TREK FUEL EX 8
Purchased in August 2008, this is the bike that really got me hooked into mountain biking. Prior to this, a hard tail whet my appetite, then the Trek came along to cement the bond. Pictured is my original Olive EX 8 at Lake Wakitipu in Queenstown, New Zealand. I took the bike on this family holiday to mountain biking nirvana, New Zealand in April 2009.
Sadly, this frame went to MTB heaven in 2010 when a crack developed in the shock pivot. Trek stepped up to the mark and replaced the frame with a 2010 EX 9. While not overly keen on the colour of the new rig, I love the up-specced shock. I added to this with Shimano XT tubeless wheels, a Fox RLC, 15mm through axle, tapered steerer fork and Avid Elixir brakes which take it to full EX 9 spec.
My Sweeeeet Earthy ride!
Giant XTC 29er
From riding with others on 29" wheels, I could see that they rolled much better along fire roads, climbed better and well, were just a bit different. It took a fair bit of research and quite frankly, I wasn't totally convinced about this 29er fad until Giant released the XTC 29er. While Giant is the Toyota of the bicycle world and hence a bit mundane, they really turned the 29er world on it's ear in 2010. With a big wheel bike that not only handled well in the single track (previously the 29er's Achilles heel), it smashed the opposition, was very well specced and about half the price of the competition! I quickly ditched the heavy wheels for something with less rotating mass and tubeless. Stan's Crest rims laced to Hope Pro II hubs fit the bill here. Some Avid Juicy 7 brakes round out the upgrades.
Makes a nice, old man's ride.....
Kona Unit 2-9
This bike seemed like a good idea at the time! The idea was for another 29" wheel bike as they roll well. This time it would be a single speed to round out my stable. The advantages of the single speed are lightness. They have no gears, cables or shifters to weigh them down. Because of this simplicity, they are great for riding in the mud as there are no gears to gum up and jam.
The slight downside is that they only have one gear. That is to say, when you hit a steep hill, going up you have to stomp the gear you have and going down, well you coast or pedal like a demented hamster!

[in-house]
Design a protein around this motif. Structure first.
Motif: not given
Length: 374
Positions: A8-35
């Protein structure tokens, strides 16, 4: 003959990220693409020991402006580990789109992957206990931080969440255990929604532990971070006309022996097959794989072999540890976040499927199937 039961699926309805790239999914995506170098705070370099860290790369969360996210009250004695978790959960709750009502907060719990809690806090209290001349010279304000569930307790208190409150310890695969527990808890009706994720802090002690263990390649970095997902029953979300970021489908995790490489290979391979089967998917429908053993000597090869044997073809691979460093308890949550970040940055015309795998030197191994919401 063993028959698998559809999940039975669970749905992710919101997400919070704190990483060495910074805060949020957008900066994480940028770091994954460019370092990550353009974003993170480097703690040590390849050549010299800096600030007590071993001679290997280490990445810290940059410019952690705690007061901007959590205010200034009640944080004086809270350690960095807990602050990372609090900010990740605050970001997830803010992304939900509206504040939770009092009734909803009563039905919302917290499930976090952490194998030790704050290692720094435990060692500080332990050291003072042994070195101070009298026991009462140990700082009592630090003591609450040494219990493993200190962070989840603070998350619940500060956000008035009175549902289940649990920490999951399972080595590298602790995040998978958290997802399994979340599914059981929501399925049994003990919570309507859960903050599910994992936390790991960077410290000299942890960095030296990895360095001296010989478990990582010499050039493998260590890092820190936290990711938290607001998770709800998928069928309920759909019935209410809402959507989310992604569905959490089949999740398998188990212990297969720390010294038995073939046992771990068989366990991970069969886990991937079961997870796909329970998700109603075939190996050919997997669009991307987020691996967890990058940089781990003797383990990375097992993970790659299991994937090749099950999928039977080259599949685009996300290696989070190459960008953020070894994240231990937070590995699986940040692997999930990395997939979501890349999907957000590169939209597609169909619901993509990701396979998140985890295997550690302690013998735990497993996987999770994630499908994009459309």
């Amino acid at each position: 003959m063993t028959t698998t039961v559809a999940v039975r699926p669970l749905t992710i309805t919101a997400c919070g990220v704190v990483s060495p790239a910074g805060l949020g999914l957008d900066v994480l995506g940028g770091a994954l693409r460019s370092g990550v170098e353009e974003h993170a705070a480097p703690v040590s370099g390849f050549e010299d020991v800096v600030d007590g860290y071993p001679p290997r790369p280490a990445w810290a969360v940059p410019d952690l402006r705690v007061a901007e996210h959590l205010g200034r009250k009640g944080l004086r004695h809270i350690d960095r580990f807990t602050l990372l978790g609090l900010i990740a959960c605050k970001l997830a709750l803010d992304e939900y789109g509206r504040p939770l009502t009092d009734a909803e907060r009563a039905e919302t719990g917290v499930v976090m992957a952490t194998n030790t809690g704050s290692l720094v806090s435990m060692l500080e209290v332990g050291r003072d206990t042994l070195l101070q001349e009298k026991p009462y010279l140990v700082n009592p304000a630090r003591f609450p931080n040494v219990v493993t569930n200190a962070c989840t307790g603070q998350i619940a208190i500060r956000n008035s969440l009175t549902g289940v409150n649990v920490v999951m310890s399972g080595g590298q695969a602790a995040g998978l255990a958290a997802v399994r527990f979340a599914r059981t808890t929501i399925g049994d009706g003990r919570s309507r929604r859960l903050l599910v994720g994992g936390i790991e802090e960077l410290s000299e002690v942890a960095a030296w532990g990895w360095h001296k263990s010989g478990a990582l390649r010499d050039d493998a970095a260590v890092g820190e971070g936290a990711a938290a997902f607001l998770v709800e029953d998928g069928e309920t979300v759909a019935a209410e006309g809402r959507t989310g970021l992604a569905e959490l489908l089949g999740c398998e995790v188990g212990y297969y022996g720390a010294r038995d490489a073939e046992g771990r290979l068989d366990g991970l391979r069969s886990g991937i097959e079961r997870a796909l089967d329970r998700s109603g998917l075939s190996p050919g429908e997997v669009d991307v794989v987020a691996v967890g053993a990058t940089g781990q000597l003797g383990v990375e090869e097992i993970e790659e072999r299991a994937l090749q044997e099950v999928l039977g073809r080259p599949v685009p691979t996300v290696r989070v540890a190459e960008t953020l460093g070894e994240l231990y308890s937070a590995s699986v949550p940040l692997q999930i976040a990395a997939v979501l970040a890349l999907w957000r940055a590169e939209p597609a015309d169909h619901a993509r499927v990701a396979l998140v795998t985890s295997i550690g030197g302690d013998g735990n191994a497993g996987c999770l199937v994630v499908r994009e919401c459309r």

Sounds pretty silly, right? Well, any normal person might think so, but single speeds are simply awesome for making you man (or woman) up and putting the hurt on you. This in turn makes you stronger, assuming it doesn't kill you and I am sure I have been near death riding this orange beast at times. Add to this it has a rigid carbon fork and the ride is to say the least, No Compromise Stiffness! I lightened the bike again with a Stan's Arch rim laced to a Surly single speed hub on the rear and a Stan's Crest laced to a Shimano XT hub at the front, all running tubeless of course. Tubes are for chumps!!
This bike scares the tar out of me, but excites at the same time. She is one bad biatch and a great idea.
Avanti Cadent 2
After being smoked on too many rides by guys and girls that ride on the road I figured if you can't beat 'em, join 'em. The addition of a road bike to a Mountain Biker's stable was from a purely training standpoint. They offer constant, consistent training miles. No matter how boring, right? Well actually, it isn't that boring as the road bike opens up all manner of new rides because it rolls amazingly well on those skinny little 100psi tyres. The only downside is the vulnerability I feel on the road. Queensland drivers (and Aussie drivers in general) have no respect for other road users and this plays on my mind with route selection when I ride the "roady". Hence, most rides are at 5am in the summer, purely for training purposes and avoiding the peak of dickhead tradies in utes on their way to work.
2002 Yamaha YZF-R1
What can I say? Purely an indulgence that I hope to get to spend more time with. In fact, my plan is to keep this beauty forever! I want to be one of those old codgers that some young bloke stumbles across, one day, and says "holy smokes, you have got one of those! With this as one of my objectives, I want to keep it as standard as possible. Yes, it has a non-standard pipe, but I am onto that, with my little bro's old standard pipe set to fit the bill. It will get new stainless braided brake lines shortly to assist in the stopping department.
I can just sit and look at it. Hmmmmm....